For because BAC is an acute angle, CD (by Cor. 2 above) falls on the side of A which is towards B. And because ABC is an acute angle, CD falls on the side of B which is towards A. Therefore it falls between A and B.
THEOREM.-If two triangles have two sides of the one, equal to
two sides of the other respectively, but the angle between the two sides of the one triangle is greater than the angle between the two sides which are equal to them in the other triangle ; the remaining side of that which has the greater angle, shall be greater than the remaining side of the other.
than the angle EDF. The remaining side BC is greater than
Of the two sides AB, AC, let AB be one that is not
greater than the other; and at the point A in the straight line *1.22.Cor.2. AB, make* the angle BAI equal to the angle EDF. Because
AB is not greater than AC, the angle ACB is not-greater than + I. 19.
ABC; for if it was greater, AB the side opposite to it would bet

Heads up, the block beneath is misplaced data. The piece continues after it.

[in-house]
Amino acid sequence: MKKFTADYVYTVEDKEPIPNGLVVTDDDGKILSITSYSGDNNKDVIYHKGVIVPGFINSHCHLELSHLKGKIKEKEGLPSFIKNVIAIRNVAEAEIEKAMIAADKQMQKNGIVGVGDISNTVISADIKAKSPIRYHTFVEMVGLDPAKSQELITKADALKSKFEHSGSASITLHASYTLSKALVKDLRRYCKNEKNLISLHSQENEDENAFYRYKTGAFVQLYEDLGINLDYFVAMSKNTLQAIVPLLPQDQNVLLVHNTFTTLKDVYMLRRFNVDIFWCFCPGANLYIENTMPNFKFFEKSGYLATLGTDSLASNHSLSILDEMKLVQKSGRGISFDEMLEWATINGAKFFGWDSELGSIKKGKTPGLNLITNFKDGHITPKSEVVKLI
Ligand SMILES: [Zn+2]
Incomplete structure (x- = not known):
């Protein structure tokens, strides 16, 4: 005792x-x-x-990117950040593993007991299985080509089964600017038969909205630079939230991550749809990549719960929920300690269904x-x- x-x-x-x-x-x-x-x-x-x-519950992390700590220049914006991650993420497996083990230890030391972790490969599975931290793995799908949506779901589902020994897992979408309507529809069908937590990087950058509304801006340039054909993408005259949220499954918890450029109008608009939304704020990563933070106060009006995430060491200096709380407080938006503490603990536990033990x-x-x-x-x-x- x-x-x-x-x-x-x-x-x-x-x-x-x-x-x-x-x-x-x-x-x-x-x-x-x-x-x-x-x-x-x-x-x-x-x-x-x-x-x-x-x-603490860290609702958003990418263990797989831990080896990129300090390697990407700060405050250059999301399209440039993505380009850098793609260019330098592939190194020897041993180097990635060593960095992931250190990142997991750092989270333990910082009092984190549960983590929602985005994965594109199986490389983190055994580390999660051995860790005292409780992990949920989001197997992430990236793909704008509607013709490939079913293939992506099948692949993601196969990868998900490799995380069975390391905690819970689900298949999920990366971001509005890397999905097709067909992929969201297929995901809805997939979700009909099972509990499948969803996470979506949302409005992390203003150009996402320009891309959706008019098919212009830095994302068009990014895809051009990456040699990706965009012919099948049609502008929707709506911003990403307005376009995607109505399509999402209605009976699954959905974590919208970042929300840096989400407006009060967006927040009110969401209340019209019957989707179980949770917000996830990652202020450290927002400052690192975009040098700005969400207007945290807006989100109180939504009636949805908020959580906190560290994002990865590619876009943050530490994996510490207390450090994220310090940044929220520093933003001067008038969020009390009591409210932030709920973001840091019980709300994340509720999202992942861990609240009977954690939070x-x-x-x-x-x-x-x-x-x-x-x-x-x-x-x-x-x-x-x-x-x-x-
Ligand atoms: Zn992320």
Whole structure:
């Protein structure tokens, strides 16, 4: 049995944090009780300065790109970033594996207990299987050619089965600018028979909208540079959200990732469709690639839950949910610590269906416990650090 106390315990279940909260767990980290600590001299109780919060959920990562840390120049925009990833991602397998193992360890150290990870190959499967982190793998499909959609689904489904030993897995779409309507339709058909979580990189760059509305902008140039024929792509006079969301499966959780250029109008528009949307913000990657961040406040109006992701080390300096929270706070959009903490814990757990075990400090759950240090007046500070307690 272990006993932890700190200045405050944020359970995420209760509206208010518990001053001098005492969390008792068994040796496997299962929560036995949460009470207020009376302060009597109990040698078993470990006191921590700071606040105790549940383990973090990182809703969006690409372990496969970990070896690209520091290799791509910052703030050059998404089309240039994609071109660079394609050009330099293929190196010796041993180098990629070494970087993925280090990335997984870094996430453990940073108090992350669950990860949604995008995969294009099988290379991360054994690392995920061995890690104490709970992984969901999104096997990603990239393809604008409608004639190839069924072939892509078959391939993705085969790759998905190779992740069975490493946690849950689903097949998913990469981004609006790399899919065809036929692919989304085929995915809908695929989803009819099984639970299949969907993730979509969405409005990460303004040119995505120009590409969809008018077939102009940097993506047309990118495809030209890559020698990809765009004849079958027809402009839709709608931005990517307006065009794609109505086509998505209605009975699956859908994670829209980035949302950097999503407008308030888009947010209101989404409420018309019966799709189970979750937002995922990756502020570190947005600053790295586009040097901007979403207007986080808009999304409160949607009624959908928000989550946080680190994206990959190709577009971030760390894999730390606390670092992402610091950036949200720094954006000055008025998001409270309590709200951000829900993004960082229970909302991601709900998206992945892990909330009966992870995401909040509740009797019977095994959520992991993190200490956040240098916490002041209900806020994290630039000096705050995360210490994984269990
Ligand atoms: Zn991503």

greater than AC the side opposite to the other. [ I. 16.
exterior angle AHC ist greater than the interior opposite
Therefore in the triangle AHC, the side AC which is opposite to • I. 19. the angle AHC the greater, is* greater than AH which is opposite
to the angle ACH the less. Since, therefore, AH is less than + I. 3.
AC, maket AG equal to AC, and the point G will be on the
and the angle BAG ist equal to the angle EDF, BG isi 11.4.
equal to EF. And because AC is* equal to AG, the angle *Constr.
AGC ist equal to ACG. But the angle ACG is greater +1.5.
than BCG; therefore the angle AGC (which is equal to ACG) INTERC. 1. isf greater than BCG. Still more is the angle BGC (which is Cor. 2.
greater than AGC) greater than BCG. Wherefore in the
triangle BGC, the side BC (which is opposite to the angle * I. 19. BGC the greater) is* greater than BG (which is opposite to
the angle BCG the less). But BG has been shown to be +INTERC. 1. equal to EF; therefore BC (which is greater than BG) ist Cor. 2.
greater than EF.
And by parity of reasoning, the like may be proved in all other triangles under the same conditions. Wherefore, universally, if two triangles have two sides &c. Which was to be demonstrated.